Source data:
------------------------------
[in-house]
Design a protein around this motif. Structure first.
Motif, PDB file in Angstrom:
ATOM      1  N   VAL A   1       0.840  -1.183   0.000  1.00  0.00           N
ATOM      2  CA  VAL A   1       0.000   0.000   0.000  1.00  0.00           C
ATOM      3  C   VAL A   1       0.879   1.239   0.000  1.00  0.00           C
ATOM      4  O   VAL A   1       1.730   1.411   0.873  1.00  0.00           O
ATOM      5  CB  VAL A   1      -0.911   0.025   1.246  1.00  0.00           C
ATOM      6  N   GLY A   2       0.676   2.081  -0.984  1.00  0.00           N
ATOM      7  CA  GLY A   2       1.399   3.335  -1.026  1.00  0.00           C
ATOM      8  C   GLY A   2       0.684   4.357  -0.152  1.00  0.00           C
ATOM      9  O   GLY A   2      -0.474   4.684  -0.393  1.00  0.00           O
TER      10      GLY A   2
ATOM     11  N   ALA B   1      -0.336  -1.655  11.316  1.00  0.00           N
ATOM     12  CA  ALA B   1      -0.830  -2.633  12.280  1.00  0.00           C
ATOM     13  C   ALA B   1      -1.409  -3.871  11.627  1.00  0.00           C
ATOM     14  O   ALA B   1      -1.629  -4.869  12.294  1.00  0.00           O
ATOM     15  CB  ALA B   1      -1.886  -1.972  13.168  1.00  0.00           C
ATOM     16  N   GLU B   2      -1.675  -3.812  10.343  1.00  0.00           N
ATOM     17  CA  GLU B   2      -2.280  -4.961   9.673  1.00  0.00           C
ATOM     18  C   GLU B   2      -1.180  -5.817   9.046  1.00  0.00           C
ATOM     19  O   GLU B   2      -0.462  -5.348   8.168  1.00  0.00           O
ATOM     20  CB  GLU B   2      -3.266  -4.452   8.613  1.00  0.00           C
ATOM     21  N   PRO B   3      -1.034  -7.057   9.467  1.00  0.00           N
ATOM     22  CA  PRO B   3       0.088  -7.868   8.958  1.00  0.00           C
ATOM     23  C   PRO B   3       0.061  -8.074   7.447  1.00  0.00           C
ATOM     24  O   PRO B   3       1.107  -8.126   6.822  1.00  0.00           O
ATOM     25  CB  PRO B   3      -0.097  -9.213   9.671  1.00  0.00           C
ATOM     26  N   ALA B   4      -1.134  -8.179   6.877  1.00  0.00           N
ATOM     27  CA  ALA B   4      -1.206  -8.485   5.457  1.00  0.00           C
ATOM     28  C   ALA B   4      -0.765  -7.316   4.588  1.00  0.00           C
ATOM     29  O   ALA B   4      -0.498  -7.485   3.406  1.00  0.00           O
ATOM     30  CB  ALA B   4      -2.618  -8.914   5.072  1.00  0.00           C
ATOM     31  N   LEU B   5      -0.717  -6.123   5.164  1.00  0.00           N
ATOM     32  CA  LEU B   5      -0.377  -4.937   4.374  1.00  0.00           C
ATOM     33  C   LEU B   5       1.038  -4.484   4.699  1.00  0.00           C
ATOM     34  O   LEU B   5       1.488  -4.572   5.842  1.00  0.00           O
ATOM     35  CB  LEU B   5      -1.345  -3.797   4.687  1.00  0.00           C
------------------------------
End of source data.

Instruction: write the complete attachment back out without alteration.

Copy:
[in-house]
Design a protein around this motif. Structure first.
Motif, PDB file in Angstrom:
ATOM      1  N   VAL A   1       0.840  -1.183   0.000  1.00  0.00           N
ATOM      2  CA  VAL A   1       0.000   0.000   0.000  1.00  0.00           C
ATOM      3  C   VAL A   1       0.879   1.239   0.000  1.00  0.00           C
ATOM      4  O   VAL A   1       1.730   1.411   0.873  1.00  0.00           O
ATOM      5  CB  VAL A   1      -0.911   0.025   1.246  1.00  0.00           C
ATOM      6  N   GLY A   2       0.676   2.081  -0.984  1.00  0.00           N
ATOM      7  CA  GLY A   2       1.399   3.335  -1.026  1.00  0.00           C
ATOM      8  C   GLY A   2       0.684   4.357  -0.152  1.00  0.00           C
ATOM      9  O   GLY A   2      -0.474   4.684  -0.393  1.00  0.00           O
TER      10      GLY A   2
ATOM     11  N   ALA B   1      -0.336  -1.655  11.316  1.00  0.00           N
ATOM     12  CA  ALA B   1      -0.830  -2.633  12.280  1.00  0.00           C
ATOM     13  C   ALA B   1      -1.409  -3.871  11.627  1.00  0.00           C
ATOM     14  O   ALA B   1      -1.629  -4.869  12.294  1.00  0.00           O
ATOM     15  CB  ALA B   1      -1.886  -1.972  13.168  1.00  0.00           C
ATOM     16  N   GLU B   2      -1.675  -3.812  10.343  1.00  0.00           N
ATOM     17  CA  GLU B   2      -2.280  -4.961   9.673  1.00  0.00           C
ATOM     18  C   GLU B   2      -1.180  -5.817   9.046  1.00  0.00           C
ATOM     19  O   GLU B   2      -0.462  -5.348   8.168  1.00  0.00           O
ATOM     20  CB  GLU B   2      -3.266  -4.452   8.613  1.00  0.00           C
ATOM     21  N   PRO B   3      -1.034  -7.057   9.467  1.00  0.00           N
ATOM     22  CA  PRO B   3       0.088  -7.868   8.958  1.00  0.00           C
ATOM     23  C   PRO B   3       0.061  -8.074   7.447  1.00  0.00           C
ATOM     24  O   PRO B   3       1.107  -8.126   6.822  1.00  0.00           O
ATOM     25  CB  PRO B   3      -0.097  -9.213   9.671  1.00  0.00           C
ATOM     26  N   ALA B   4      -1.134  -8.179   6.877  1.00  0.00           N
ATOM     27  CA  ALA B   4      -1.206  -8.485   5.457  1.00  0.00           C
ATOM     28  C   ALA B   4      -0.765  -7.316   4.588  1.00  0.00           C
ATOM     29  O   ALA B   4      -0.498  -7.485   3.406  1.00  0.00           O
ATOM     30  CB  ALA B   4      -2.618  -8.914   5.072  1.00  0.00           C
ATOM     31  N   LEU B   5      -0.717  -6.123   5.164  1.00  0.00           N
ATOM     32  CA  LEU B   5      -0.377  -4.937   4.374  1.00  0.00           C
ATOM     33  C   LEU B   5       1.038  -4.484   4.699  1.00  0.00           C
ATOM     34  O   LEU B   5       1.488  -4.572   5.842  1.00  0.00           O
ATOM     35  CB  LEU B   5      -1.345  -3.797   4.687  1.00  0.00           C